Ndugu Mdogo Rescue Centre
The Ndugu Mdogo Rescue Centre is an initiative at Nairobi’s Kibera slum, where Koinonia social workers initiate the rehabilitation process through street activities.
Kibera is infamously considered sub-Saharan Africa’s largest slum.
Operating from a small house in the slum, the Koinonia social workers identify children living on the street, and proceed to organize street activities with them as a prelude to a fostering process that gradually moulds them into sound members of the society.
After achieving rapport with the children, the social workers take them through a programme that offers hope through the provision of basic needs, counseling, talent development, formation and self-understanding.
Aims and Objectives
The Ndugu Mdogo Rescue Centre launched operations in September 2005 with the following aims and objectives:
1. To promote street interventions and youth empowerment programmes
2. To support child rescue initiatives
3. To provide in-house care, support and rehabilitation of children in need
4. To initiate effective community and parent empowerment systems
5. To network and create awareness on street problems and the rights of children
The Centre also provides a base for academic research on street life, which is carried out with support from various universities.
The Rescue Centre Calendar
The Ndugu Mdogo Rescue centre targets to rehabilitate 20 street children per year. The one year programme is split into five stages as set forth below:
Mid-February: The street initiative begins. Social workers go out into the streets to identify children for rehabilitation.
Naturally, the street children initially display apathy to the social workers’ overtures. This means the workers always have to devise ways to reach out to theses children and gradually befriend them, which they do over a period of about one month.
March: The social workers endeavour to deepen their newfound bond with the identified children by engaging in various street activities with them. For example, they play football with the children and invite them to visit the Rescue Centre, where they can watch television, prepare meals and eat together. The social workers sometimes even spend nights on the street with the children.
Through this close interaction, the social workers get to know each child’s case history. They find out the child’s origin and try to understand the circumstances that drove him to a life on the street. Most often, the child experienced hostile conditions either at home or at school, and opted for the streets as a way to escape from the unfriendly environment.
Counselling starts informally on the streets through participatory engagement.
April: The social workers visit the children’s homes of origin. Incidentally, most of the children actually have parents or guardians, but seek to escape from certain unfriendly situations. These visits give the workers an actual glimpse of the real reason for the child’s sojourn on the street, which may vary from abject poverty to abuse by alcoholic parents or guardians among other possible reasons.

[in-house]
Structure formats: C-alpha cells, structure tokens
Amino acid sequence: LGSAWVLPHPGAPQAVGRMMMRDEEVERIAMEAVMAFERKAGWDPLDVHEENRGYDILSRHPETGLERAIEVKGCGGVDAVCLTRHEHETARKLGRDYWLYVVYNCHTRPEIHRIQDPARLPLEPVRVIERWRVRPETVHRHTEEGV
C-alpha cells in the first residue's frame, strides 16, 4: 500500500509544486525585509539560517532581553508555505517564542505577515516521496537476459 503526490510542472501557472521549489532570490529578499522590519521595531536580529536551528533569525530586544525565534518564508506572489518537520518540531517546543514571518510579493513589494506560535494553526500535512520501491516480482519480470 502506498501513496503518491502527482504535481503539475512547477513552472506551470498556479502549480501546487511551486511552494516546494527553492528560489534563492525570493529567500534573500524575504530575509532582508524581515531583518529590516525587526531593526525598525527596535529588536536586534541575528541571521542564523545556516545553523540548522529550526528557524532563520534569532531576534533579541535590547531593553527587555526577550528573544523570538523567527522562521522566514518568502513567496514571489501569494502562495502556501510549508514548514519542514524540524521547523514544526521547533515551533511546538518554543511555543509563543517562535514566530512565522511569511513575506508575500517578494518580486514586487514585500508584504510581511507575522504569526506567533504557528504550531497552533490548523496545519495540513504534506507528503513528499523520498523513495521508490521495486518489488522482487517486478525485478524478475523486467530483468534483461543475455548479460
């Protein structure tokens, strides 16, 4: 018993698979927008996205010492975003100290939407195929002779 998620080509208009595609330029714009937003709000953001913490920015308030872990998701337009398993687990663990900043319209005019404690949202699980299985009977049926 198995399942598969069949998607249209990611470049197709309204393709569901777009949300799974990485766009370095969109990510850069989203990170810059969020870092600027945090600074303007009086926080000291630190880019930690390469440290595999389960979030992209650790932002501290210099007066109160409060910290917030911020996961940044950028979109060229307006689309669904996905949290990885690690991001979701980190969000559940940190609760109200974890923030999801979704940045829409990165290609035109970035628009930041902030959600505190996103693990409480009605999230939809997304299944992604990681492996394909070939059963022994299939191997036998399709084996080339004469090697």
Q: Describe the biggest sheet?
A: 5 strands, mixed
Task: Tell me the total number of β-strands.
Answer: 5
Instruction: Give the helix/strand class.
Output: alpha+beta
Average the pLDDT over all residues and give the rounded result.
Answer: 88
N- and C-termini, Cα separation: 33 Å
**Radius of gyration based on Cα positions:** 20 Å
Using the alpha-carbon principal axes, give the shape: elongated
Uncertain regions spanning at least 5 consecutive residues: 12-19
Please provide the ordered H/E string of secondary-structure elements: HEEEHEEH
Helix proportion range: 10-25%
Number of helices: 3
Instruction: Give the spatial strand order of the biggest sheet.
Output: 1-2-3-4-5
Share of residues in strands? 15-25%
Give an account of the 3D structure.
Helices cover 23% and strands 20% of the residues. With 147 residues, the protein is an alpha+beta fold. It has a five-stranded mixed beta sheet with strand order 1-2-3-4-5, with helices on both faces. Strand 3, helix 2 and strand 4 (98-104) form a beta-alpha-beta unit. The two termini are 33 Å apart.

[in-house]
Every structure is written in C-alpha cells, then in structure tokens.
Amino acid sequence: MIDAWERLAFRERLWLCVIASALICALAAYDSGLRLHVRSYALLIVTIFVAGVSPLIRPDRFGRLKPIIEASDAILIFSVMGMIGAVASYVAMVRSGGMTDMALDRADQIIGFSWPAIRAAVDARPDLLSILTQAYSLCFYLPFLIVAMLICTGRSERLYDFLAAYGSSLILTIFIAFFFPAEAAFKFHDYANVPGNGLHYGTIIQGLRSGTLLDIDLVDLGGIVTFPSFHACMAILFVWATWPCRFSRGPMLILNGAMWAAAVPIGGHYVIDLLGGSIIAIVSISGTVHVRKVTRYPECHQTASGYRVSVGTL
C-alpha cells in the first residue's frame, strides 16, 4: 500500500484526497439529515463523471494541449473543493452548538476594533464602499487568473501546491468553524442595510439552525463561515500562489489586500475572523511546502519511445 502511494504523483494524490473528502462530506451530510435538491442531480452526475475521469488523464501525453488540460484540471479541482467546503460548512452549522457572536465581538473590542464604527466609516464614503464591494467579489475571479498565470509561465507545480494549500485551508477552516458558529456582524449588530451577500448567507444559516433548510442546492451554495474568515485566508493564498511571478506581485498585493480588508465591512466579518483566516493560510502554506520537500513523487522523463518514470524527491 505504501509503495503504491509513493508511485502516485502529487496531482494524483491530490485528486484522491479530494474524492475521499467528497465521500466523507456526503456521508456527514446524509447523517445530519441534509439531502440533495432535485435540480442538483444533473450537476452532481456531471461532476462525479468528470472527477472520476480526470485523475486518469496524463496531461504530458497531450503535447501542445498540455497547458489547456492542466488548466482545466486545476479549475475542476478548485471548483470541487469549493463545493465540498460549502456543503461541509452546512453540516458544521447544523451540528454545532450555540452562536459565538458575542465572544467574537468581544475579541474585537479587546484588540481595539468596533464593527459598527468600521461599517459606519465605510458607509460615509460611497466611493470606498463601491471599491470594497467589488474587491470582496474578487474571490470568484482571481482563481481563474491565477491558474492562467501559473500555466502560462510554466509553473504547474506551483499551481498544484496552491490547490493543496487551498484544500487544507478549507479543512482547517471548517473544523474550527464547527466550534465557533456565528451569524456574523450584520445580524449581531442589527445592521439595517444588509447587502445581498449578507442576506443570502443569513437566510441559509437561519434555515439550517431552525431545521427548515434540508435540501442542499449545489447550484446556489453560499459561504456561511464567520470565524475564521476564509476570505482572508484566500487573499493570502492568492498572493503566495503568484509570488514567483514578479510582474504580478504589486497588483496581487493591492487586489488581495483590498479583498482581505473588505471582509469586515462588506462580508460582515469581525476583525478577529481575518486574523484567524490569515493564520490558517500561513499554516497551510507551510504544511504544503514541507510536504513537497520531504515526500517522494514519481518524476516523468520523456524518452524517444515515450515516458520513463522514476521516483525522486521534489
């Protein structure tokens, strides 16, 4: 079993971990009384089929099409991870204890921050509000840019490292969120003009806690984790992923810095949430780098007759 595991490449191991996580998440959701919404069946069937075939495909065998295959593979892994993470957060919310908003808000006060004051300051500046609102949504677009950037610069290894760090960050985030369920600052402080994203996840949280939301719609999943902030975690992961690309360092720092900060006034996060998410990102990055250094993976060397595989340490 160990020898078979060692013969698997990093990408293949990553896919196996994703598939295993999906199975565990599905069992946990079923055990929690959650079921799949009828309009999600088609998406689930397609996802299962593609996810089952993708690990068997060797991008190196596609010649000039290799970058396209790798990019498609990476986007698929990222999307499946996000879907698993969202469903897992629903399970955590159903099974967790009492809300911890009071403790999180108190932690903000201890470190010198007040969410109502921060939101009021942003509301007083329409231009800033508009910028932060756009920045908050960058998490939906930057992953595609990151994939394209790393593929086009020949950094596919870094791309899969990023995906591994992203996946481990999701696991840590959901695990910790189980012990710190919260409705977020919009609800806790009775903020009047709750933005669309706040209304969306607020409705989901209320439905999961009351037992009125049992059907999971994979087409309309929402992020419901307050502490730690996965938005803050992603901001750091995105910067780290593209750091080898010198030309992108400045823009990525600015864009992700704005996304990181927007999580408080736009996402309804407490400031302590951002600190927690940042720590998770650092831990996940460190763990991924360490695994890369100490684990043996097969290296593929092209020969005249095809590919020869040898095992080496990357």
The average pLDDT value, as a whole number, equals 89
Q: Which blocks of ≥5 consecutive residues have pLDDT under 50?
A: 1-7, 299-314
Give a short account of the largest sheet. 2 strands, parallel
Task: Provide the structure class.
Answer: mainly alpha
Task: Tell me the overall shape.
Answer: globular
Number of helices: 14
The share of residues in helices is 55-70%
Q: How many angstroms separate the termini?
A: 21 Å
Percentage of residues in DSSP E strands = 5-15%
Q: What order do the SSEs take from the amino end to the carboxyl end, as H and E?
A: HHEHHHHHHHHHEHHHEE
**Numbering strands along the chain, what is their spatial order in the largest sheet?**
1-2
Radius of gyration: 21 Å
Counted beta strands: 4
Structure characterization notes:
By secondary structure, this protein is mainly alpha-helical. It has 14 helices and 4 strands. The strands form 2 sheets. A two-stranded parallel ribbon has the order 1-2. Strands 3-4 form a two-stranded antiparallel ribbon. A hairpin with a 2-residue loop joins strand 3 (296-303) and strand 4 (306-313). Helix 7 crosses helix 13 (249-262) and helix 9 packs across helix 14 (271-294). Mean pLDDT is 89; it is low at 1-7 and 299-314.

During these visits, the workers reach out to the parents in view of the child’s rehabilitation. Where the parents or guardians have personal problems that strain their relationship with the child, the social workers try to counsel them into supporting the child’s rehabilitation process as much as they can.
Late April: The children are formally inducted into the Rescue Centre’s rehabilitation programme. Although the extensive programme is largely informal, the inherent activities are systematically scheduled. They include the following:
• Group activities such as scouting, camping and talent development, which ingrain in them such qualities as discipline, leadership, teamwork and environmental consciousness;
• Informal education, which prepares the children for placement into the formal school system;
• Guidance & counseling, both in form of group sharing & individual counseling;
• Spiritual activities, notably Bible Studies.
December/January: This month marks the end of the rehabilitation programme. The social workers carry out an assessment of the child’s family to determine the stability of the home environment and capacity to provide for the child’s basic needs and stationery for impending school placement. Where the situation is favourable, the child is reintegrated back into the family at this point, but in cases where further fostering is required, the child is either considered for admission to the main Ndugu Mdogo Home at Kerarapon or referred to another rehabilitation centre.
Emergency and Medical Assistance
Out of sharing and experiencing street life, the Centre responds to emergencies resulting from street violence, disease, exploitation and drugs-related issues. The Centre can accommodate up to ten children for emergencies like sickness, abuse by adults and immediate danger.
Street Youth Empowerment
The Rescue Centre also supports initiatives to empower street youth using available resources in recycling and conservation of the environment. This project makes use of their acquired life skill, resulting in the setting up of a recycling unit for plastics, alongside other useful activities in support of environmental conservation